Sin 1: The Basics.

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And so, after everything that you've read, we're still only just beginning. By this point, you’ve gained a thorough understanding of both yourself and your sitters, come to a full appreciation for the nature of fortune-telling and why both yourself and your sitters ask to be deceived, and learned the meaning of all 78 cards. Are you ready to put it together? Let’s get started.

Opening a performance is simple: shuffle the deck a few times, cut it once if you so desire, and lay down cards in the appropriate configuration. It’s just that easy, but if you want to make it more elaborate you can invent any number of reasons to cut the deck into multiple piles, feel for “energy” to select which stack of cards to draw from, and so on. I once had to wait 10 minutes for a performance to begin because the sitter insisted on shuffling the deck himself and using the most elaborate and repetitious method of rotating, cutting, shuffling, and re-stacking the cards that I’ve ever seen. You're welcome to do the same if you're so inclined, but for my preferences I think elaborate shuffling is a waste of time and would rather just get on with the show

As mentioned before, a single Tarot card doesn’t mean much on its own: it’s only when you put it together with something else that it takes on any meaning. Let me show you how: lay down the Ace of Spades, 2 of Spades, Ace of Clubs, Ace of Hearts, Ace of Diamonds, Magician I, Chaos VIII, and Devil XV. Anchor yourself in the ace of spades and look through its eyes. What do you see? 

read tarot card combinations

  • The 2 of Spades reaches happily toward you. It holds you tightly and might feel snug, but it also helps you grow while at the same time sustaining and defending you.
  • You reach out to the Ace of Clubs. It pulls you toward it, and you feel possessive of it. You guide its growth and development, but it's also able to safely grow and expand.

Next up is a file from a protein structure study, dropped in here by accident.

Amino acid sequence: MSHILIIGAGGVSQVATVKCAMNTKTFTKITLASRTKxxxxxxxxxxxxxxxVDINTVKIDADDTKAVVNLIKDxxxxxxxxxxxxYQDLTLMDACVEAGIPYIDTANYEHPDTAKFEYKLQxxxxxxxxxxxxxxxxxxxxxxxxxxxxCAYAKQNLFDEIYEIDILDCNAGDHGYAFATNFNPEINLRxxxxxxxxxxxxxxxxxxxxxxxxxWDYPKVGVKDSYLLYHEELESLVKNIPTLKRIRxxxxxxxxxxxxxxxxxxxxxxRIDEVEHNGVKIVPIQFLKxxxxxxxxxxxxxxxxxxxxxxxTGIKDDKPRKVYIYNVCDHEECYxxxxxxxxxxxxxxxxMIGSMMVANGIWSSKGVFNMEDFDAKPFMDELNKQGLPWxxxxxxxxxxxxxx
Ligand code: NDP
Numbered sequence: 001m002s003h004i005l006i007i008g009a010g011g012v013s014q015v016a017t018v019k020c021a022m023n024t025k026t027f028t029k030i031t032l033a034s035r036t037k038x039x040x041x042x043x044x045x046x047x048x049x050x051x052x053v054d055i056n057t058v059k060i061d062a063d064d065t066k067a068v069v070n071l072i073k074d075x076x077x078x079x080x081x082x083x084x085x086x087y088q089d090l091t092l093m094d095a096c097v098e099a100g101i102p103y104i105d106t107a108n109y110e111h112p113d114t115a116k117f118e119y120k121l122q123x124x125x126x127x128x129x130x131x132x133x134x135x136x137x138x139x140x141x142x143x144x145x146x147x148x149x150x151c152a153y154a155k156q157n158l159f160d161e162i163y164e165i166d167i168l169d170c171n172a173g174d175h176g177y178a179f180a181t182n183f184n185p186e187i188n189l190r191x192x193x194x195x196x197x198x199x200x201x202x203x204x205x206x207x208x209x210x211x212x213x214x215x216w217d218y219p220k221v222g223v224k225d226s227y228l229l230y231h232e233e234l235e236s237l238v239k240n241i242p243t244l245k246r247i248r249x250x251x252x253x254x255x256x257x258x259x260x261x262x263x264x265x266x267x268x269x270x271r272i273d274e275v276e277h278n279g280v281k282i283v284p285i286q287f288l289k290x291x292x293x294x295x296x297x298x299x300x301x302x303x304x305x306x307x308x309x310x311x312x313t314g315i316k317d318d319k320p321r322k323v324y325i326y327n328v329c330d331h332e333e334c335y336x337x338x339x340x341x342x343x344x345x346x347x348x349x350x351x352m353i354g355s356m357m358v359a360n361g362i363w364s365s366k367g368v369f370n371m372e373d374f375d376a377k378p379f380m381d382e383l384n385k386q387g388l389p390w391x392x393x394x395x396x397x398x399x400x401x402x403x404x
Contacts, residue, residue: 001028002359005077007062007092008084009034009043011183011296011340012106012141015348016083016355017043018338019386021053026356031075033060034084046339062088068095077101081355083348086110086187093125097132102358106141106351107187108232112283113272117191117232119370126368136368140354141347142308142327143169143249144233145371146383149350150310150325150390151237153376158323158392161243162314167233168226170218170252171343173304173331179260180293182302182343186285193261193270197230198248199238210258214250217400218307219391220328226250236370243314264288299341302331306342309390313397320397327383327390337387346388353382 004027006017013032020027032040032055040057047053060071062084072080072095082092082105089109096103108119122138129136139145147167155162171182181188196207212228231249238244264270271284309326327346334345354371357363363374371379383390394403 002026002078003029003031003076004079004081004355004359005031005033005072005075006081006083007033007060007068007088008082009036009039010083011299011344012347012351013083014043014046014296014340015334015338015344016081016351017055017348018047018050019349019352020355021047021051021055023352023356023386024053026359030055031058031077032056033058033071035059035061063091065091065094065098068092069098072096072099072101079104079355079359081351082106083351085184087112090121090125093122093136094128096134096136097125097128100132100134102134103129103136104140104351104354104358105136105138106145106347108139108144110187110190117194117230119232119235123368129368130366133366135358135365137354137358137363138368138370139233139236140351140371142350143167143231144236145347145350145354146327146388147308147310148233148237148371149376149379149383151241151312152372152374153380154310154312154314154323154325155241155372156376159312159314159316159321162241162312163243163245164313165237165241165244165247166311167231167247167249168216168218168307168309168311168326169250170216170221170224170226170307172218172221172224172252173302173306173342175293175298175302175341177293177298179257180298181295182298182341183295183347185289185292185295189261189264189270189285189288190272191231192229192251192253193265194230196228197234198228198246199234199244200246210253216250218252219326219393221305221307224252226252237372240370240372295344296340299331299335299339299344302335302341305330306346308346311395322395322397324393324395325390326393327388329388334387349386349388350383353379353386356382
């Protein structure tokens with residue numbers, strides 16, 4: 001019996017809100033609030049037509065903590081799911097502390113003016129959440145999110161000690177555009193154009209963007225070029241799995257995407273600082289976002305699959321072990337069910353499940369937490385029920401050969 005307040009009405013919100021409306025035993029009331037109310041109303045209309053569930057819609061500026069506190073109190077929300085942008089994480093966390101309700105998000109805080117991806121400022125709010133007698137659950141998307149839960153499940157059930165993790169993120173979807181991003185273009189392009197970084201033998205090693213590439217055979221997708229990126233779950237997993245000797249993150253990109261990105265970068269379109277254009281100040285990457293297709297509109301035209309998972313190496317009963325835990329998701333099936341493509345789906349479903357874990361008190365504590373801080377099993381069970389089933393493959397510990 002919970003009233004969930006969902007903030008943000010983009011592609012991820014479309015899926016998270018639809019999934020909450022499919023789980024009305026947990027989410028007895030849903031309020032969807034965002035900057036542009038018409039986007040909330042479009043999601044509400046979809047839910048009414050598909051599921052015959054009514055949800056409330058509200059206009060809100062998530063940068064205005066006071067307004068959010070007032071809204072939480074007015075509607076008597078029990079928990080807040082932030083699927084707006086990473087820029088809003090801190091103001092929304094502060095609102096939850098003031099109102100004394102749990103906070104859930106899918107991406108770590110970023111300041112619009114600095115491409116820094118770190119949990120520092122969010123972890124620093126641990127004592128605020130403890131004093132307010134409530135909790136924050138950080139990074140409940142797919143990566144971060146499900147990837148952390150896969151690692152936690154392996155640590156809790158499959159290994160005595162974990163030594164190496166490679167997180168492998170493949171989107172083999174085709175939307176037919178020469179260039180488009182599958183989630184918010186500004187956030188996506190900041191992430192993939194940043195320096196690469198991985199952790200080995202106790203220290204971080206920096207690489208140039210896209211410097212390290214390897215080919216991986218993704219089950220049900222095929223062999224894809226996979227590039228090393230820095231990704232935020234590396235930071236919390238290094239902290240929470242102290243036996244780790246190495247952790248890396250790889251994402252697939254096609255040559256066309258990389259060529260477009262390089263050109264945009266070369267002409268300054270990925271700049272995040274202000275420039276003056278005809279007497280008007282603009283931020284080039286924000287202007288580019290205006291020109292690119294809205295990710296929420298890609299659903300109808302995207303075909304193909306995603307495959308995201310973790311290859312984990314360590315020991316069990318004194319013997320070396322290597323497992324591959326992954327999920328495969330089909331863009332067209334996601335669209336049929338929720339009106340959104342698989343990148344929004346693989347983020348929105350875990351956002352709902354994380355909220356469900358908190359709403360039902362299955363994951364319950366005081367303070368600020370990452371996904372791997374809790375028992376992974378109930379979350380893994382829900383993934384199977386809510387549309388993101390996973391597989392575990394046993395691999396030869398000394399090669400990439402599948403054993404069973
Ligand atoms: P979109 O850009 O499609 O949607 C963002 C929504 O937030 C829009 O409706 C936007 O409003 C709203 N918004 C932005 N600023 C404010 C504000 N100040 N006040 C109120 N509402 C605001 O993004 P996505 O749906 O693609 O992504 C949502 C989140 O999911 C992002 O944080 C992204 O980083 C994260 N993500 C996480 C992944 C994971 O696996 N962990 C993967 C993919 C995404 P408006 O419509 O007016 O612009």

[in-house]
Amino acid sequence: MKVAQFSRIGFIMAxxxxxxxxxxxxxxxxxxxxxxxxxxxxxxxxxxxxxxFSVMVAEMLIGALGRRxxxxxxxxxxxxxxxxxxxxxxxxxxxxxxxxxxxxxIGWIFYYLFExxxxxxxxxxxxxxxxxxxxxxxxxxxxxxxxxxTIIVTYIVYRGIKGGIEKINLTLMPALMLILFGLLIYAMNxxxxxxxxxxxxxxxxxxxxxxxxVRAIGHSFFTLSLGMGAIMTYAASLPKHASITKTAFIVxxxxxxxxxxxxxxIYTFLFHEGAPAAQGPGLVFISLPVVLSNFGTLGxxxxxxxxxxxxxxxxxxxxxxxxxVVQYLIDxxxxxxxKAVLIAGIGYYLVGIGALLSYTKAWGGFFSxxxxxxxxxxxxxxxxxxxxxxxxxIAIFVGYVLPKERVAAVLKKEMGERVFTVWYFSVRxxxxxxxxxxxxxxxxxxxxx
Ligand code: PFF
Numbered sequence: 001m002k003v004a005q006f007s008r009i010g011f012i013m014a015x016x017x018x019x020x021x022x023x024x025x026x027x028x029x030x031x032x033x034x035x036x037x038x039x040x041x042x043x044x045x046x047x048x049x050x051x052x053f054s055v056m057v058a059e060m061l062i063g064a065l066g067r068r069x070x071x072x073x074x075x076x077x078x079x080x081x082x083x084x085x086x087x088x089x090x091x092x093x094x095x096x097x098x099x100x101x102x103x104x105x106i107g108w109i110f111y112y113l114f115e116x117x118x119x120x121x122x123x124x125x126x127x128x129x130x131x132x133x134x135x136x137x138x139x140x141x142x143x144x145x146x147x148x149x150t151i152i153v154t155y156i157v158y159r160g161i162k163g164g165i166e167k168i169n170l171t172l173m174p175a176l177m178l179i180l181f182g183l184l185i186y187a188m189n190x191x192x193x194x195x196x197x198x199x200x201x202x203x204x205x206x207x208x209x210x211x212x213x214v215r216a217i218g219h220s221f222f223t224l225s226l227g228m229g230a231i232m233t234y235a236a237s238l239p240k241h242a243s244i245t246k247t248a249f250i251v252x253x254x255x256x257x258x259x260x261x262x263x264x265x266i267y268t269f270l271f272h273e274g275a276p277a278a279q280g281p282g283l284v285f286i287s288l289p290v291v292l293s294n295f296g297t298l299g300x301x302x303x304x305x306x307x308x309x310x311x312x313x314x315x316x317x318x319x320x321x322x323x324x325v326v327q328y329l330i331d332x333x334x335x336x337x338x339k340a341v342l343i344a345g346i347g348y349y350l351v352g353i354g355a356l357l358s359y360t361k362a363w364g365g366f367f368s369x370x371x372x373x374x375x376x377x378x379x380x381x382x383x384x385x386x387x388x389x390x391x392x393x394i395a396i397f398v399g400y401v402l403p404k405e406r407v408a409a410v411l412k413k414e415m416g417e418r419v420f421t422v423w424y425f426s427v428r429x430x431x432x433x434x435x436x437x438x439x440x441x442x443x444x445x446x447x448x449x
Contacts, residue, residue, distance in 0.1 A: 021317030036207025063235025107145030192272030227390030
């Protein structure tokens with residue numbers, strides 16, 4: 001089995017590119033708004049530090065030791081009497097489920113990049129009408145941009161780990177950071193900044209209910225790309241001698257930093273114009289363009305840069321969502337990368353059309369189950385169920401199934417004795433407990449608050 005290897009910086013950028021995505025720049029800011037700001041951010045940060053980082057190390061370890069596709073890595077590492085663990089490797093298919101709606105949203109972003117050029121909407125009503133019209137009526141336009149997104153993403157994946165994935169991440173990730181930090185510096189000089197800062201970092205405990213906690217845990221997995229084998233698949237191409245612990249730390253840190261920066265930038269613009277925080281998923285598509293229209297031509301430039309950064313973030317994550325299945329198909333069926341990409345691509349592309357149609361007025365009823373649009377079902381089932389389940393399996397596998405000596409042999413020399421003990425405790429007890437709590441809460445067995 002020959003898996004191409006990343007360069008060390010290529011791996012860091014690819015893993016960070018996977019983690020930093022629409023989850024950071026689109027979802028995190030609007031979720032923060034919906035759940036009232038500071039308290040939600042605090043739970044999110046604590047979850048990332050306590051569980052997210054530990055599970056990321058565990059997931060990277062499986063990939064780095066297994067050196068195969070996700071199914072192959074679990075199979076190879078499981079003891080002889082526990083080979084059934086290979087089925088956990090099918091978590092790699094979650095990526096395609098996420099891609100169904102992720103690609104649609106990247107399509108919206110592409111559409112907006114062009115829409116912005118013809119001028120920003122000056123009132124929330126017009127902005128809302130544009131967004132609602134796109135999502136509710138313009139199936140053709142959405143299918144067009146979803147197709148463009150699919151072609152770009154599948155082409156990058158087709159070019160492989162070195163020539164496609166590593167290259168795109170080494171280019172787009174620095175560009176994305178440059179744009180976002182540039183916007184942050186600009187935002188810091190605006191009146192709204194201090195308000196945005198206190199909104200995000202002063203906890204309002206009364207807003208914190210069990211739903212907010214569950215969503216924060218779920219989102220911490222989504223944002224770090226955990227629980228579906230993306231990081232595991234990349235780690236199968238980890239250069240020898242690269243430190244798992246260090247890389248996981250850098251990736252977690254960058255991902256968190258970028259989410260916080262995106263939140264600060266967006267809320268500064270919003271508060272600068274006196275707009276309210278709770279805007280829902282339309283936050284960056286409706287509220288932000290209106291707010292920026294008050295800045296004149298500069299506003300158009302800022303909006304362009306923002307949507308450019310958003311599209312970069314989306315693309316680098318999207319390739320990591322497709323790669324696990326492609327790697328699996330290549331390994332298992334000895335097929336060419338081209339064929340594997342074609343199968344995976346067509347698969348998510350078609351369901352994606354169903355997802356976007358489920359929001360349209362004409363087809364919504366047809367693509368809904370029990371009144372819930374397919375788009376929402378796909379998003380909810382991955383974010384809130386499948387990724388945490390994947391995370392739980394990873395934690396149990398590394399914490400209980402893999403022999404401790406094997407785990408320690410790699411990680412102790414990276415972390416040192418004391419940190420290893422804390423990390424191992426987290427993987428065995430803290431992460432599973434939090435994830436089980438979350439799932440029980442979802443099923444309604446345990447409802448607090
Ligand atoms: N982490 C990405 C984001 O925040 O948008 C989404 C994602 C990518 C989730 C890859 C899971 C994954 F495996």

• You reach out to the Ace of Hearts. You dislike its indifference and try to either tear it down or agitate it into become something different.
  • The Ace of Diamonds reaches toward you. It’s a source of pain that invades your space and tries to scatter what you've accomplished or force you to see things differently.
  • The Magician shatters you into pieces that can now be reassembled into something greater than the sum of their parts.
  • Chaos does unto itself according to its own desires and offers to share its self-immolation with you.
  • You are aren't merely a witness to the ruination of the Devil, but a contributor. Do you like being her accomplice?
See how this works? Anchor your perspective onto a chosen card and then combine it with any other reference card. Look at either the reception or expression of both cards, compare their elemental nature, and see how things fall out. And if you want to see how another person, situation, or thing exists within the spread of cards before you, then you can anchor your point of view onto any other card on the table. This shifting point of view will show you different perspectives within the same arrangement, and reveal motivations and associations among other cards.

The chapters that follow include methods for arranging the cards, the performance of which is called a reading and the fortune-teller is called a reader. These arrangements are also called Tarot spreads, because you spread the cards across the table. I’ve chosen these arrangements because their configurations produce satisfying results, and like everything else in this book you should treat them as a starting point for further exploration. I encourage you to experiment with other fortune-tellers' arrangements and also to develop your own own, because if you do so you'll ultimately learn things that nobody else can teach you. 

The only other advice I'll share with you is to not get distracted by the complexity of large arrangements, because the most important thing to remember is that no matter how many cards you’ve laid on the table, you’re only ever reading two cards at a time. If you can do this, then the rest is easy.